The future of crafts is bright, but it's all about economic sustainability and educating youngsters, says Vijaya Rajan, chairperson of the Crafts Council of India

Her commitment to craft is extraordinary, and there is an unbroken thread of continuity in this journey of hers. Vijaya Rajan, chairperson of the Crafts Council of India, and past president of the World Crafts Council (WCC), Asia Pacific Region, is known for her administrative skills. For 40 years, she's worked for the revival and promotion of this sector, which provides a source of livelihood for millions. Here, she speaks of her passion, and “the yesterday, today and tomorrow” of crafts in the country.

How did the journey begin, and what direction did it take?

My husband and I moved to Delhi in 1968. I was introduced to Kamaladevi Chattopadhyay, pioneer in crafts revival. The next day, she appointed me the secretary of the Crafts Council! May be, she spotted my passion for crafts. I worked there for seven years. In 1964, Kamaladevi, along with Aileen Webb and Margaret Patch, started the WCC in New York. Soon after returning to India, she founded CCI. Later, State chapters were set up. Meetings in Delhi were often held by Kamaladevi in my house. Artist Gujral, and former President of India R. Venkataraman were among those who attended (when Kamaladevi called, who could refuse?). When we moved back here, Kamaladevi announced that she had decided to shift the headquarters to Chennai! Rukmini Devi Arundale agreed to be president, but said she'd not like to be associated with the day-to-day adminstrative work. Kamaladevi replied ‘Vijaya will take care of all that'. But, Rukmini Devi attended each and every meeting! The first development was the setting up the Kalamkari unit in Kalakshetra. Today, the CCI has over 1,000 members in many States.

What were the reasons for starting CCI?

Creating awareness was one. We started with all-India workshops in terracotta and basket weaving, and then began popularising crafts one by one — Toda embroidery, kalchattis (stoneware), kalamkari… Then went on to design intervention. We evolved with Government schemes. Then progressed to getting resource people, obtaining foreign expertise, and introducing improved tools. Quality has always been a priority, as also documentation. Our next thrust was marketing, holding exhibitions, and then the opening of our “Kamala” outlets.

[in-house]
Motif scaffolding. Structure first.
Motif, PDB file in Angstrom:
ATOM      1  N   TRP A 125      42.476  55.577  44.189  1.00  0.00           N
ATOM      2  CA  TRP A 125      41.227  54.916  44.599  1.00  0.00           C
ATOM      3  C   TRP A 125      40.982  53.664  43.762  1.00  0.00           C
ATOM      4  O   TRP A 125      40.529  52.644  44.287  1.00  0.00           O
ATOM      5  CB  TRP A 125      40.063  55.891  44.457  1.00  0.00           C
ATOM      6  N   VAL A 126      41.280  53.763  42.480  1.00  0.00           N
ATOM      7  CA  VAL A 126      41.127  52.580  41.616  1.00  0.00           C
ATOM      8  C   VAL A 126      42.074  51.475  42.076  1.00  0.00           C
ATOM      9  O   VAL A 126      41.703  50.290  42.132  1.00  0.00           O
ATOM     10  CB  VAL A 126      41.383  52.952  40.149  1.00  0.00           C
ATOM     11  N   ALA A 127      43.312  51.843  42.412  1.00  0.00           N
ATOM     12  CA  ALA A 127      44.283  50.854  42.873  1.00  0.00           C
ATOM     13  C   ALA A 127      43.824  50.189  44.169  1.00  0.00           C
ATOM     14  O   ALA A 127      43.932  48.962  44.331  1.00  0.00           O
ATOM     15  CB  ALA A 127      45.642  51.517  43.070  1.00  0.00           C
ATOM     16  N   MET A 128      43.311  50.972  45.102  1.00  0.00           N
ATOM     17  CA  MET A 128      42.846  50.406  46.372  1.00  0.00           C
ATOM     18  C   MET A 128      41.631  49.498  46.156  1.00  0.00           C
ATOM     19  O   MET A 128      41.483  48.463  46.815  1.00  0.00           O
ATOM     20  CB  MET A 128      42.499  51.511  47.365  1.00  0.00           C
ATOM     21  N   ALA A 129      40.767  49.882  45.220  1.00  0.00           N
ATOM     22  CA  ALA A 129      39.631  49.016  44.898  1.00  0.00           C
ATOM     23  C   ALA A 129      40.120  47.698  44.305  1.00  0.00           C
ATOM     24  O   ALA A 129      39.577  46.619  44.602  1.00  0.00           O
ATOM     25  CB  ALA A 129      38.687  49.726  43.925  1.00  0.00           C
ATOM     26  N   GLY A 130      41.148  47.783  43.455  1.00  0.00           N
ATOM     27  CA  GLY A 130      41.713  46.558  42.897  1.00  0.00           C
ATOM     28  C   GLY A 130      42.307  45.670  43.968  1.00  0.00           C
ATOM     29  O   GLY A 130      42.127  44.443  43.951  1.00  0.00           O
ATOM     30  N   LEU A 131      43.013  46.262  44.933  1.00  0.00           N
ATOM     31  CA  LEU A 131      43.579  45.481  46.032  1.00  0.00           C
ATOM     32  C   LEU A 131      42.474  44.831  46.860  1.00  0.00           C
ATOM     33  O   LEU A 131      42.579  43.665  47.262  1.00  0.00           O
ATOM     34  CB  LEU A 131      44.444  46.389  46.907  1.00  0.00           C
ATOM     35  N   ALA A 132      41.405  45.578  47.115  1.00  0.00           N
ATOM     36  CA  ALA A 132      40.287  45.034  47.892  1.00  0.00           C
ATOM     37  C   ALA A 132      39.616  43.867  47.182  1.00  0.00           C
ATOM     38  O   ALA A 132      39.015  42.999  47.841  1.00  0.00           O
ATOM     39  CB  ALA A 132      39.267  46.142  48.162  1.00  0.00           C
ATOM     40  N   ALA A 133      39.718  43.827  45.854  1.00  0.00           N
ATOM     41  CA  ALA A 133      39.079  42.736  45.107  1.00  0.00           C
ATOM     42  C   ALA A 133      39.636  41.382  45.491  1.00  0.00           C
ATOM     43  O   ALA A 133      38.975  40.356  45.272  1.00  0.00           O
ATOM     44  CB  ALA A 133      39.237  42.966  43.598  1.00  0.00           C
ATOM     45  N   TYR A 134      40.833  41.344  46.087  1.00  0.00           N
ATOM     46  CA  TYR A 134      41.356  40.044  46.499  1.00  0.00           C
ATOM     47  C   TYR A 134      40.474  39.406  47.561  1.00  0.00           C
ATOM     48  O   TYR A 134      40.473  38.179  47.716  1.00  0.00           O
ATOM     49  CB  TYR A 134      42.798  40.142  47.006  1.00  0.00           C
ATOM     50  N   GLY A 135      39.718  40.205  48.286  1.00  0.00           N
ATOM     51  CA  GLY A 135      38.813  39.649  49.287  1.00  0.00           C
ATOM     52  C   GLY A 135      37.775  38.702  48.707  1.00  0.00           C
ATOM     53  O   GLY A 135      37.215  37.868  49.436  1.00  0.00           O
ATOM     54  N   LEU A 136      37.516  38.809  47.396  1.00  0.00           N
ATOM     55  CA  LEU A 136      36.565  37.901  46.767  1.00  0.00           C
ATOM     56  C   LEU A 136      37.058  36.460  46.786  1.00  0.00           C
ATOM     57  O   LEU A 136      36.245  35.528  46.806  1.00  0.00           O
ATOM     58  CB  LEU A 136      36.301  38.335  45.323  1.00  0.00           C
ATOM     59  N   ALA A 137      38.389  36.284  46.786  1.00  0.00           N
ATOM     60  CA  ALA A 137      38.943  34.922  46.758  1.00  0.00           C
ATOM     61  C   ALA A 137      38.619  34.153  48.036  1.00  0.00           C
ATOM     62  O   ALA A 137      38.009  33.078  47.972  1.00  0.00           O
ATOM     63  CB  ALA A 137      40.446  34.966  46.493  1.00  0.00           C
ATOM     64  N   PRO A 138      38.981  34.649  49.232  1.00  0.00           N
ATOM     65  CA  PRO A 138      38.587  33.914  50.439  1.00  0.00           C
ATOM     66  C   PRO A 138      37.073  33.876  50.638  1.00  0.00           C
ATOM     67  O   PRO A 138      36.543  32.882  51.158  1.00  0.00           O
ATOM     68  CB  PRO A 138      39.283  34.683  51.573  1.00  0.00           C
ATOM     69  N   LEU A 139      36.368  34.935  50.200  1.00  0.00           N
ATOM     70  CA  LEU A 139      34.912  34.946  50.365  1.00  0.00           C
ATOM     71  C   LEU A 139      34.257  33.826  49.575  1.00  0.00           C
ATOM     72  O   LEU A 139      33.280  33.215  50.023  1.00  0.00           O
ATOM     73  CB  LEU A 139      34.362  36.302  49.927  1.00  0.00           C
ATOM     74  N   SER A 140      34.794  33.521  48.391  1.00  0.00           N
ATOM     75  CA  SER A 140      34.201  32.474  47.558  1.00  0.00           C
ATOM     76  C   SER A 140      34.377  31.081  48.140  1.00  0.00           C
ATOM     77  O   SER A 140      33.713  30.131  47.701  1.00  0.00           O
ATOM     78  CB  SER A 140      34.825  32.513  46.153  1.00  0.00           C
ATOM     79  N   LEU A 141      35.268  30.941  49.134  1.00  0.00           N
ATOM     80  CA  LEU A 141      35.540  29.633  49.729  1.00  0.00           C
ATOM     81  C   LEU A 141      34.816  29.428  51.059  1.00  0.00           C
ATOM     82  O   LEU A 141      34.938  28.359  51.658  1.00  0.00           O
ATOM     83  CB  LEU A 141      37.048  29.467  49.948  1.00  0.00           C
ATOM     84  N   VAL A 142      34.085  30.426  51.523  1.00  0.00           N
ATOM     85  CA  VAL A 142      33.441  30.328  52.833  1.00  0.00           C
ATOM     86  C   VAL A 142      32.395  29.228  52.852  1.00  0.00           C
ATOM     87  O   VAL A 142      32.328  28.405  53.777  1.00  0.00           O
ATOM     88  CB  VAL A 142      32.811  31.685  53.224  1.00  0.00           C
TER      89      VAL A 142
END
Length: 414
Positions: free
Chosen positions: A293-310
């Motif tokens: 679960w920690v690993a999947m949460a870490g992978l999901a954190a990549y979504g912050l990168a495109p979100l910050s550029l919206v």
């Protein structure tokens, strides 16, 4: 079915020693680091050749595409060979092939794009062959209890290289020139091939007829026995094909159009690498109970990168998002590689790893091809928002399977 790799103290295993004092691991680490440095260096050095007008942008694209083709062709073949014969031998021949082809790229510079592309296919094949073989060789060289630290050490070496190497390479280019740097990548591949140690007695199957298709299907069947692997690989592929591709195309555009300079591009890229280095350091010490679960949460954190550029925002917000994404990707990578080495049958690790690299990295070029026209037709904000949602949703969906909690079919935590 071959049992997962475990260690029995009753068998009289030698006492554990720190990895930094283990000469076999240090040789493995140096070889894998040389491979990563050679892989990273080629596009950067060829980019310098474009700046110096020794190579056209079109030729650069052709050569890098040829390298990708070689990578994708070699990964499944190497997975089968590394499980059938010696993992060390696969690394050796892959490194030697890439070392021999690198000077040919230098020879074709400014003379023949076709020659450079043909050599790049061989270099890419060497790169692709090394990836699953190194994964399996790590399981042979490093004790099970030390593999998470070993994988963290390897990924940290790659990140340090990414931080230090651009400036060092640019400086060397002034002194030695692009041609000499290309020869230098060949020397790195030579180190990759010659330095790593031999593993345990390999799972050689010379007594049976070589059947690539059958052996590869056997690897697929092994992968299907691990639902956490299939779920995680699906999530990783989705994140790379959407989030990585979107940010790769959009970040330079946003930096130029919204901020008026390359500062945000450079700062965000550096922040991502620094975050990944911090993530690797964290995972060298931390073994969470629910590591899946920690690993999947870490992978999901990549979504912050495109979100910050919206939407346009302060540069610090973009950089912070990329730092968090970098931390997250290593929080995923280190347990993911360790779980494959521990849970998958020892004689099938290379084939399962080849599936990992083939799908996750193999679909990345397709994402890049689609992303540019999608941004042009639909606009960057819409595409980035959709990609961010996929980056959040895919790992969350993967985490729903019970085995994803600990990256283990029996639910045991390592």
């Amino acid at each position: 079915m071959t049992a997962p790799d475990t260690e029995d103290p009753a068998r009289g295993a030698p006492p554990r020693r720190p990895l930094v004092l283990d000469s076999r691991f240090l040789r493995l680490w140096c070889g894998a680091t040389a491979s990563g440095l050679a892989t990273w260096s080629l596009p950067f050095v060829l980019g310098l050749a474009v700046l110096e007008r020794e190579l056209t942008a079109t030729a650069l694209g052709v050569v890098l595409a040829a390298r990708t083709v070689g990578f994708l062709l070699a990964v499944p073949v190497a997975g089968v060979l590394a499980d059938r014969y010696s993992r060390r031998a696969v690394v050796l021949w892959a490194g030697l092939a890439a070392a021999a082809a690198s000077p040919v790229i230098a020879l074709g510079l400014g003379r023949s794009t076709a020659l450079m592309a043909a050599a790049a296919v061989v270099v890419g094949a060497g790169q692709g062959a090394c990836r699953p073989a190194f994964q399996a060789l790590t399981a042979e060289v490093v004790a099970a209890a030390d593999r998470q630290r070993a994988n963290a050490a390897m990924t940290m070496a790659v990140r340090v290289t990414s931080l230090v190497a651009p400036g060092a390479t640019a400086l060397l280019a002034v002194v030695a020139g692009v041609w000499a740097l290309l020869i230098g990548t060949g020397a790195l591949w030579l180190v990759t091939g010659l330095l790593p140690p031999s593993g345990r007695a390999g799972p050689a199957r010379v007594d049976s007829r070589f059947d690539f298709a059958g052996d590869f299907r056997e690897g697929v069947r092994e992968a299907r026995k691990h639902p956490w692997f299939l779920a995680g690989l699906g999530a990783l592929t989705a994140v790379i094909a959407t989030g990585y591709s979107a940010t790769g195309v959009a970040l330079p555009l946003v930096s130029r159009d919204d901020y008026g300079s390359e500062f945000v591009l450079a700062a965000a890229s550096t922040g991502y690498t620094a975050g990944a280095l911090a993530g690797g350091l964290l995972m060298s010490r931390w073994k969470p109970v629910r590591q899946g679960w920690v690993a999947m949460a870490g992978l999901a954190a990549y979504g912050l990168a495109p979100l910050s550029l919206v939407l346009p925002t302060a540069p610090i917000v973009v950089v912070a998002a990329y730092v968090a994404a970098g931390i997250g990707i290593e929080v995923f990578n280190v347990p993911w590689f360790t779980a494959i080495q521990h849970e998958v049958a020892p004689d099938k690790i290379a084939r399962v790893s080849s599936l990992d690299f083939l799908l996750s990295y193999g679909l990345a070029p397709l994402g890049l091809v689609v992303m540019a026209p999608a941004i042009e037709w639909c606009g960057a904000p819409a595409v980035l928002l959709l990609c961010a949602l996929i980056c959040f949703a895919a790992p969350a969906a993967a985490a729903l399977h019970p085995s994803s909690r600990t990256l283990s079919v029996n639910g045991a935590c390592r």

How is CCI different from other NGOs?

We have no specific agenda — such as gender, producer groups or fair trade organisations. We focus on not only groups but also individual craftsmen. Voluntary work is our USP. I will man a stall for half-an-hour, if necessary. The welfare of craftspersons is our prime concern. Now younger people are also coming in. CCI has gained recognition nationally and internationally (UNESCO partners with us for their programmes in India).

Are young people attracted to craft?

Young people like ethnic wear. But, they are not so fascinated by decorative craft. They want utility and a contemporary look. If there's something they can fit into their lives, they're happy. It's important to educate the young on craft.

What has the Government's role been? What can be done to sustain craft traditions when many are giving up their hereditary occupations? What are the threats?

The Government has done a tremendous job for crafts. The Geographical Indicators Registry is a good development. But, apart from the Office of the Development Commissioner of Handicrafts, Ministry of Textiles, other Central and State Ministries should also be supportive. There's a feeling among some that this is a ‘sunset industry'. How can that be when handloom ranks as the second largest, and handicrafts the third largest source of livelihood and employment in the country?

One of the threats we face is the way Indian craft is being imitated. Many craftsmen's families, it is true, are beginning to work in factories.

So, it all boils down to how economically sustainable it is?

That is the final step in the evolution. Corporates can help as mentors. Craftsmen should be helped in their villages as is being done in Indonesia — seen as a business enterprise, and not as a charitable act — from raw material procurement to marketing and pricing.

Has CCI played a role in formulating Government policy?

Yes. We have a role at task-force level, which gives its recommendation to the Planning Commission for every Five Year plan. We've also been consulted in the formulation of some of the DCH schemes such as the Shilp Guru Awards.

What is the future for craft?

Bright (if it is tapped properly)! Otherwise, we won't be working in it.

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